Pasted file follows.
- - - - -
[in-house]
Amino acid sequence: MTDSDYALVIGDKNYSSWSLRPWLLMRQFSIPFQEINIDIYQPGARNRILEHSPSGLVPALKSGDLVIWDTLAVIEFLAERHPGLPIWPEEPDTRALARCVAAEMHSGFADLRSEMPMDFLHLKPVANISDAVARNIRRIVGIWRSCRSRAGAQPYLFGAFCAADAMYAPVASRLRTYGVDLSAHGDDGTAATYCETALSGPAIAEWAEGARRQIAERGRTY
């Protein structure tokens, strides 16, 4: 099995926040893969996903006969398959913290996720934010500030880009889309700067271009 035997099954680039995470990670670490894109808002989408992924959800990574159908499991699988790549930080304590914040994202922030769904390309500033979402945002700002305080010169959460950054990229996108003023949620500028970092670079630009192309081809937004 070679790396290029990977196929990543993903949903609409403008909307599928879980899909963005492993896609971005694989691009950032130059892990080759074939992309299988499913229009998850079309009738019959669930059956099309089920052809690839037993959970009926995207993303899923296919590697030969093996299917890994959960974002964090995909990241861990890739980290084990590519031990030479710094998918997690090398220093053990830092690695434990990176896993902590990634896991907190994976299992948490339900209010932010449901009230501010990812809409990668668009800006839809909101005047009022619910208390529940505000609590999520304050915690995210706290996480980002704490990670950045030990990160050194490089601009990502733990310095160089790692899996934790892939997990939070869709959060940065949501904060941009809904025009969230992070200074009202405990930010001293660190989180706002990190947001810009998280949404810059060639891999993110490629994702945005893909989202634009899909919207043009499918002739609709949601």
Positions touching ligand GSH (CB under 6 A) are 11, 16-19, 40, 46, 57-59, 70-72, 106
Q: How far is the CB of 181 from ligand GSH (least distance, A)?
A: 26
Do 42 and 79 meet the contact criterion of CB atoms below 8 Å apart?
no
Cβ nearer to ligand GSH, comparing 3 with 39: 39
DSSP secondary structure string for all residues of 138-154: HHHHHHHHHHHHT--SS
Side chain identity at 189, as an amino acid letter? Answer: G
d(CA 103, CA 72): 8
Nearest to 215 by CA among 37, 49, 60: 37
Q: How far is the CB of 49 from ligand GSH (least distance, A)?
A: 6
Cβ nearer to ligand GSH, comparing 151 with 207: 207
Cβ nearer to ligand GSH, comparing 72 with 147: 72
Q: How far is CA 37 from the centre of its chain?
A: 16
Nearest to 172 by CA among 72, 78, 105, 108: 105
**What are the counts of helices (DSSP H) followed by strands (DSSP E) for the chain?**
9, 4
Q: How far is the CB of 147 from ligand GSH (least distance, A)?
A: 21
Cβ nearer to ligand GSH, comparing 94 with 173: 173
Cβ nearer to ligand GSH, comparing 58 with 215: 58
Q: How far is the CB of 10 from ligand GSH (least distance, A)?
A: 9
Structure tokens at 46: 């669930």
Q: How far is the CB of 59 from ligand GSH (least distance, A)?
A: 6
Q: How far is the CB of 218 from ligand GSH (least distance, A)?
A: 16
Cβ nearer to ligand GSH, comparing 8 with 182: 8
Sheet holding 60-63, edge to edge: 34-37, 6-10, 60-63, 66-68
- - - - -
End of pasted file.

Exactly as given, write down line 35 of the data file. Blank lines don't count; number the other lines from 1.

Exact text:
Sheet holding 60-63, edge to edge: 34-37, 6-10, 60-63, 66-68